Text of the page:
Dementia and cancer are the most feared diseases in the developed nations. And they both are related to inadequate sleep. Now, one in every ten adults over the age of sixty-five suffers from Alzheimer’s disease. The sleep quality of deep NREM sleep deteriorates as we age which is also linked to a decline in memory.
Alzheimer’s disease is associated with the buildup of a toxic form of a protein called beta-amyloid, which aggregates in sticky clumps, or plaques, within the brain. The more amyloid deposits there were in the middle regions of the frontal lobe, the more impaired the deep-sleep quality was in that older individual.
Inadequate sleep and the pathology of Alzheimer’s disease interact in a vicious cycle. Although sleep alone is not the magic bullet that eradicates dementia prioritizing sleep across the life span is clearly becoming a significant factor for lowering Alzheimer’s disease risk.
Sleep deprivation shortens your life
The shorter you sleep, the shorter will be your life. When you sleep deprive yourself, every organ in your body suffers. The leading causes of death in the developed nations such as cancer, obesity, diabetes, and heart attack are all linked to the lack of sleep. Here’s how it is linked with all the major diseases of the developed nations:
Sleep loss and cardiovascular diseases(heart attack):
Research shows that people who sleep six hours or less are 400 to 500 % more likely to suffer one or more cardiac arrests than those sleeping seven or more hours. Sleeping for just 5–6 hours each night, you are more likely to suffer coronary arteries over the next five years relative to those individuals who sleep 7–8 hours.
Sleep deprivation also shuts off the growth hormone of your body, which heals your body. At the same time, it increases the level of the stress hormone, called cortisol in your body which causes more severe consequences in your body.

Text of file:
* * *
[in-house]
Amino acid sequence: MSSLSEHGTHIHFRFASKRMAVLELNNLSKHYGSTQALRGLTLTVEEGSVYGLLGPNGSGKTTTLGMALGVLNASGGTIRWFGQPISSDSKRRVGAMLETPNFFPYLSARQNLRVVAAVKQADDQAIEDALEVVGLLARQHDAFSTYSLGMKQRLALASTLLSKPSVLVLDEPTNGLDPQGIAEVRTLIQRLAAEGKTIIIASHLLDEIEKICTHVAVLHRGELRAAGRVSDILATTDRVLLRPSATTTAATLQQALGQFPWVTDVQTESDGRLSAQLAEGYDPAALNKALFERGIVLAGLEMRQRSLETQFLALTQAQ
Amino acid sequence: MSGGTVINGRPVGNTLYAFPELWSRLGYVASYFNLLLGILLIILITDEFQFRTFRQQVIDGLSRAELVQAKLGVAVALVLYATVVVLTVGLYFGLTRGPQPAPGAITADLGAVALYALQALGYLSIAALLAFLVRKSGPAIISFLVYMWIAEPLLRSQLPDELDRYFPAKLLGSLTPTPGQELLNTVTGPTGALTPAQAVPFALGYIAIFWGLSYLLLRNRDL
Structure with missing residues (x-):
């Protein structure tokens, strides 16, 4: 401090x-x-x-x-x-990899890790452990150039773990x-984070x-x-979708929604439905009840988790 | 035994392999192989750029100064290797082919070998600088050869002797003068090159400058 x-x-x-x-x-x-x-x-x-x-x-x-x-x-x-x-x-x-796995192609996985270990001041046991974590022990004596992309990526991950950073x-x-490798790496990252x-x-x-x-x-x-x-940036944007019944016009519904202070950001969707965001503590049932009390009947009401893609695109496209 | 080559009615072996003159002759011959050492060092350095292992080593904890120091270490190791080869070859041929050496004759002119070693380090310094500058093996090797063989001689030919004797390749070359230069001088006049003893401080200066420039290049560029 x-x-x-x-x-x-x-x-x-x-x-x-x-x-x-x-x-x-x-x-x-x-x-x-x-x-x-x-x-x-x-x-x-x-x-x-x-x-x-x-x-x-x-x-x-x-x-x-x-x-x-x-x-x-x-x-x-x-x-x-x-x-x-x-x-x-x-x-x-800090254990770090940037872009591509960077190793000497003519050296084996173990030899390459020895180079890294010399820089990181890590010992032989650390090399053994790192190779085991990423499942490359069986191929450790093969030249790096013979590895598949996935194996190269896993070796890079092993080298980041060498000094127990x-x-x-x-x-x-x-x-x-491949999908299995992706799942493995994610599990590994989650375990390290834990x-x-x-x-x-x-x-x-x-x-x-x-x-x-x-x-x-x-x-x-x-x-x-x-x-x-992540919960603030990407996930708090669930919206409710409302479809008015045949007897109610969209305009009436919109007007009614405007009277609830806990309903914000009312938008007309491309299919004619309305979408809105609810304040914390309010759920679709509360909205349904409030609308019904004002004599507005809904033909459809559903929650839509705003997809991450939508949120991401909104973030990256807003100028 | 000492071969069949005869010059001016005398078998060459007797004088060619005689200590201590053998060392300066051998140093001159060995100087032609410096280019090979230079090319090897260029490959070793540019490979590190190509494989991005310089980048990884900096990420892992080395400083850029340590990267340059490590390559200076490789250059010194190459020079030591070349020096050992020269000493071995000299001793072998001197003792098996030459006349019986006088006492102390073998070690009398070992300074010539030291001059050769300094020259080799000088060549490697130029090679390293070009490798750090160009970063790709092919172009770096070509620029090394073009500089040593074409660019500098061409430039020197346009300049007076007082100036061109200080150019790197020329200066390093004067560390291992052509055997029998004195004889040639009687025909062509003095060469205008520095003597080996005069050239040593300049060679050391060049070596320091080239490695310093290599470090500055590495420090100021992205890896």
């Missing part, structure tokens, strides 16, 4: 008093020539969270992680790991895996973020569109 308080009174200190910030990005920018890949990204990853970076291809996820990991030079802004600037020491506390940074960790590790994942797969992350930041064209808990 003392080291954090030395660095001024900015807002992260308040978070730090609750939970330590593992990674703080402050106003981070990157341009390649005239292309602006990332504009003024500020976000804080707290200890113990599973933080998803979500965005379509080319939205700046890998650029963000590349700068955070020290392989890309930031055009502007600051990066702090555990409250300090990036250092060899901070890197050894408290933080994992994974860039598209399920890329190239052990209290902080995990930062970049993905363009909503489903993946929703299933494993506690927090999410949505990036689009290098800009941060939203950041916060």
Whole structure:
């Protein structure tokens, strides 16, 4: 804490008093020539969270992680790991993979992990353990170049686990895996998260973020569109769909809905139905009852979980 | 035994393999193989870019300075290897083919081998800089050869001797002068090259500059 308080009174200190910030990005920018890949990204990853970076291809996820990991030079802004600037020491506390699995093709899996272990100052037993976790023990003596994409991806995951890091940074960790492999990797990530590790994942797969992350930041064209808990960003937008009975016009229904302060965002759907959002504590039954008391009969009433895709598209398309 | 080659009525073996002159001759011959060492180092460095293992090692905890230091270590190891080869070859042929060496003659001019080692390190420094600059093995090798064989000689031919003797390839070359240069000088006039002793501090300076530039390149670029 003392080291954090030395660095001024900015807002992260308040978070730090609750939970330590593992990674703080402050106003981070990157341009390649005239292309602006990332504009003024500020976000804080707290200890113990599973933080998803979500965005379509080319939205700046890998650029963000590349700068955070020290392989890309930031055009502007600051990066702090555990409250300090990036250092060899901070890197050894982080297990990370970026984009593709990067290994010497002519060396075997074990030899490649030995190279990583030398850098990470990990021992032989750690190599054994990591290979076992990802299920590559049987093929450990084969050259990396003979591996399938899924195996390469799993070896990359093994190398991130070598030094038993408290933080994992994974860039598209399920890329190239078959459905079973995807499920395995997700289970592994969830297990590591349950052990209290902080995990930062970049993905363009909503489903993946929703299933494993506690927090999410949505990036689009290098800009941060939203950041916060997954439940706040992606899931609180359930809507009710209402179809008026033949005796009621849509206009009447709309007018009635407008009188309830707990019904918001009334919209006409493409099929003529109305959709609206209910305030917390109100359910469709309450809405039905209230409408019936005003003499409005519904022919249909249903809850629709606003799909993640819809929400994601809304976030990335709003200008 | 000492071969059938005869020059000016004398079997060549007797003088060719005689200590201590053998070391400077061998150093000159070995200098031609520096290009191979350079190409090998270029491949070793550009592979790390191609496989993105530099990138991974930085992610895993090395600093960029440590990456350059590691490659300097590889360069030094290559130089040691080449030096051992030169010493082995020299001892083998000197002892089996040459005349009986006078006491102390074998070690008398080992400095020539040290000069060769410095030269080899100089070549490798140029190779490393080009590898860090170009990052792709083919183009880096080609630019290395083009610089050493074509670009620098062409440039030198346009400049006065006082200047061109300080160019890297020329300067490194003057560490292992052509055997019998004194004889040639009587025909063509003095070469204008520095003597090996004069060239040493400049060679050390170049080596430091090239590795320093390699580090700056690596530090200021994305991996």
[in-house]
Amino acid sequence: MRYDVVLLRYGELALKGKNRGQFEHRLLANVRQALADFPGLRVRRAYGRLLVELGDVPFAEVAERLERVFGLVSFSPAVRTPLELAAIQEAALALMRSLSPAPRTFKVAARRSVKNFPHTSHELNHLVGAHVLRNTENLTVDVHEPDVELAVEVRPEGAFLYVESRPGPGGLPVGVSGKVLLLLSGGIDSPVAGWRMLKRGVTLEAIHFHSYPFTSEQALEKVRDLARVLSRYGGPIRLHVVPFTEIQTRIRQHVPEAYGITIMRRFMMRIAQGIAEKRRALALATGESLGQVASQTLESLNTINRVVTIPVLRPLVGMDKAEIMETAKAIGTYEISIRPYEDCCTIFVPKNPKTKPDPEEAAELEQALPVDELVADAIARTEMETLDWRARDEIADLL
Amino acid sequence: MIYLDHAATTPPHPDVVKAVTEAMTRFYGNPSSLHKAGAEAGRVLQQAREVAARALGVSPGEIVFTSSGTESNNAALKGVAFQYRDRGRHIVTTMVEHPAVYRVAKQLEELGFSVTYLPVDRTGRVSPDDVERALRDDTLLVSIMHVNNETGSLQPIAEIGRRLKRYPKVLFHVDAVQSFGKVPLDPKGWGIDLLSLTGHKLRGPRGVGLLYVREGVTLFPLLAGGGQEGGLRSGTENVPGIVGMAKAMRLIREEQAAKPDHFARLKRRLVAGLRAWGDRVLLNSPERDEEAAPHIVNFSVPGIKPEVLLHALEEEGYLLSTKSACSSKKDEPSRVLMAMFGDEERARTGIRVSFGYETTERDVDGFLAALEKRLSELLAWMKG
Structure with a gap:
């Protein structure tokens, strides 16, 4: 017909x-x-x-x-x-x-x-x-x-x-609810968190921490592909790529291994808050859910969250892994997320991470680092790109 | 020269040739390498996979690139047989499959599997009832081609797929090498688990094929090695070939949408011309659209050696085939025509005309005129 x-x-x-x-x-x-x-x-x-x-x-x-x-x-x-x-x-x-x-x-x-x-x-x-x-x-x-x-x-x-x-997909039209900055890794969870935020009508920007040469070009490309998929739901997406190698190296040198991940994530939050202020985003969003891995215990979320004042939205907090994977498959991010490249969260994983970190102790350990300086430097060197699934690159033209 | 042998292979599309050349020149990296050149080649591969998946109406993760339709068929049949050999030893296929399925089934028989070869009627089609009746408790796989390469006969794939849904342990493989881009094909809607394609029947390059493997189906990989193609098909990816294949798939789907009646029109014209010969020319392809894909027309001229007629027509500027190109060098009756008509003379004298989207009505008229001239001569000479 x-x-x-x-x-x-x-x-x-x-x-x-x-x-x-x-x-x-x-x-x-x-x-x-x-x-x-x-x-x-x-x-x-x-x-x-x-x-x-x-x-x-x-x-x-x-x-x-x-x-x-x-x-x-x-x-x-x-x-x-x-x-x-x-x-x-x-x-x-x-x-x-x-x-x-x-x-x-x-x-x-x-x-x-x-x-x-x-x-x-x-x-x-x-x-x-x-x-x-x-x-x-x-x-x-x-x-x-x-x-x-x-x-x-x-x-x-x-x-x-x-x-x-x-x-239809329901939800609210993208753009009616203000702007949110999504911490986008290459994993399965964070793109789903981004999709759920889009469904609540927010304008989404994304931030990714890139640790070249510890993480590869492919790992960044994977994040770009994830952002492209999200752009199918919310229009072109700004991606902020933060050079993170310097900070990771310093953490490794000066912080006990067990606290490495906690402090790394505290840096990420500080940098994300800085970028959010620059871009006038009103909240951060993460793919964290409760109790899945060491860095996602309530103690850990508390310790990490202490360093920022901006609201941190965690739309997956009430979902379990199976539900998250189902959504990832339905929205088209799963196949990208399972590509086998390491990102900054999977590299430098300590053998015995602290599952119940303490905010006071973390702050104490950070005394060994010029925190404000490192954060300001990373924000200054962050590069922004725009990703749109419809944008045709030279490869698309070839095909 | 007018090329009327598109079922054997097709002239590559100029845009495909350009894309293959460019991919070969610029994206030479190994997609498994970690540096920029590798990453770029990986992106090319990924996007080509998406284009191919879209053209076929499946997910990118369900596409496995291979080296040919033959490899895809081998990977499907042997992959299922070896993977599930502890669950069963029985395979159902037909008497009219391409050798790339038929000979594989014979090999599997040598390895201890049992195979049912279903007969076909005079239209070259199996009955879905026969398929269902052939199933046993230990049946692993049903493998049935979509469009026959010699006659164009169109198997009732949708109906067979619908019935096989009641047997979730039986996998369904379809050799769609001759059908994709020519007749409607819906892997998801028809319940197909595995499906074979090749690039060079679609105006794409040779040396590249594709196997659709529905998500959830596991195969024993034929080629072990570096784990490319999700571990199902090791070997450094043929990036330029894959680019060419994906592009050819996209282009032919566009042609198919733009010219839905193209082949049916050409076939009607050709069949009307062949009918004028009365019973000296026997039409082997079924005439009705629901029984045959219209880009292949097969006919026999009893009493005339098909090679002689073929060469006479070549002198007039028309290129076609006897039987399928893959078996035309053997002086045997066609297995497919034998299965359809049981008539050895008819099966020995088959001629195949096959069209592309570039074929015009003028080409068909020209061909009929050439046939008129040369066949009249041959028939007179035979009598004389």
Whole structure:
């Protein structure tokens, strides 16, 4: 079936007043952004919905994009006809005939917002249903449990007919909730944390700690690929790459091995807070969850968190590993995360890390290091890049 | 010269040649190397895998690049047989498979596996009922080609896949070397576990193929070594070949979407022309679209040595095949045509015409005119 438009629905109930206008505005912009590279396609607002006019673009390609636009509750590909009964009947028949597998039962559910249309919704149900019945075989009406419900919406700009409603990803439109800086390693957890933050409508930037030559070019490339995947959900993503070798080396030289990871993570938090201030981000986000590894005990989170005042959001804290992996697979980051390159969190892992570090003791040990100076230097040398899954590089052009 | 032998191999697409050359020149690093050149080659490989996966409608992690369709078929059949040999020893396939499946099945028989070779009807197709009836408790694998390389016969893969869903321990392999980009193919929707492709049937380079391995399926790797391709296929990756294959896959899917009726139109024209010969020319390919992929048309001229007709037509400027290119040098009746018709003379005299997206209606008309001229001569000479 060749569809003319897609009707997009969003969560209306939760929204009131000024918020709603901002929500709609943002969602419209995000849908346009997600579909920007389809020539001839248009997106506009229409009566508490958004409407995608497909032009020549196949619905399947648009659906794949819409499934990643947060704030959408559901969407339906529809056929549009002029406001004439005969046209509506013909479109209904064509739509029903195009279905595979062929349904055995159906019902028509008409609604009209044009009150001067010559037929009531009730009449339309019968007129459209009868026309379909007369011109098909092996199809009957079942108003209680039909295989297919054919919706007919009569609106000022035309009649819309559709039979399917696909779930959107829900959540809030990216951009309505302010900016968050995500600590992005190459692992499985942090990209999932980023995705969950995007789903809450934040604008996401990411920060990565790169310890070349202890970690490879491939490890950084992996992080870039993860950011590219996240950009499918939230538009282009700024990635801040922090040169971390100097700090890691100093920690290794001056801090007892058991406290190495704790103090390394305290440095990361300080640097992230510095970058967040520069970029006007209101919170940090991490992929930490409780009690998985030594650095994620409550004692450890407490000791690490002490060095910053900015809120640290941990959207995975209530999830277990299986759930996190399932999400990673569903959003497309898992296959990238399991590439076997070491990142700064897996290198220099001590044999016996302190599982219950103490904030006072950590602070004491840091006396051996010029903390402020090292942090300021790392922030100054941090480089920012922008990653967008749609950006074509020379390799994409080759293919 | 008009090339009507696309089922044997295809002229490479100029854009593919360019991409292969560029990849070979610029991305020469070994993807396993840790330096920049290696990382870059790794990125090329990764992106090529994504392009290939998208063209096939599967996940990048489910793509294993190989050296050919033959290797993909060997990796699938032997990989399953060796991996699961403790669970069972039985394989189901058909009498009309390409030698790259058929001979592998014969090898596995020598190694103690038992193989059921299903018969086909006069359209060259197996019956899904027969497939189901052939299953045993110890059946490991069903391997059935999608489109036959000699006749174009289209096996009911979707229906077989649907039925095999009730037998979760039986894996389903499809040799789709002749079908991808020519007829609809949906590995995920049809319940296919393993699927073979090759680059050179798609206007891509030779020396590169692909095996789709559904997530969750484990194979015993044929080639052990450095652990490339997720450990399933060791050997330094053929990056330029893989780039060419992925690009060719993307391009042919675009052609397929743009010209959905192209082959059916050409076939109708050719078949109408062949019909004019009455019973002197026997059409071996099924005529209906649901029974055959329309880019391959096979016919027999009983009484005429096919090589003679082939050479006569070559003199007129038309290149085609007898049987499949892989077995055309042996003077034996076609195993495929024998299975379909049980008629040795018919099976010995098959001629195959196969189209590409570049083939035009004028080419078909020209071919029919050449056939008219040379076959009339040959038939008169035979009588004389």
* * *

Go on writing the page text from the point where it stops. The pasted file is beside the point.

Sleep loss and metabolism(diabetes and weight gain):
The more you sleep deprive yourself, the more you are likely to eat. And as a result of overeating, you invite more problems for your body. Chronic sleep deprivation is now recognized as one of the major contributors to the escalation of type 2 diabetes throughout first-world countries.
Insufficient sleep will also prevent the meaningful absorption of all food nutrients and cause gastrointestinal problems. Plentiful sleep is what makes your gut happier.
Sleep loss and reproductive system:
Sleep deprivation also affects your reproductive system. Routinely sleeping less than six hours a night results in a 20 percent drop in follicular-releasing hormone in women — a critical female reproductive element that peaks just prior to ovulation and is necessary for conception. In males, it is related to less release of testosterone hormone.
A study found that women with irregular work schedules or especially night shifts had a 33% higher rate of abnormal menstrual cycles than those working regular hours.
Sleep deprivation also losses the nature of physical attractiveness.
Sleep loss and Immune system
If you have ever been caught with the flu, you’ll have noticed that you just want to curl up in bed and sleep. And it’s exactly what you should do. There is a bidirectional relationship between your sleep and your immune system.
In research done by sleep scientists, the infection rate in people who slept only 5 hours was 50% as compared to the 18% rate in people who slept 7–8 hours. A study demonstrated that a single night’s of four-hour sleep such as going to bed at 3 a.m and waking up at seven a.m. swept away 70% of the natural killer cells circulating in the body, relative to a full eight-hour night of sleep.
Another study of 25,000 individuals showed a 40% increased risk of developing cancer in those who slept 6 hours or less compared to those sleeping seven hours a night or more. Not getting enough sleep every night will lower down the disease-fighting system of your body.
Sleep loss, genes, and DNA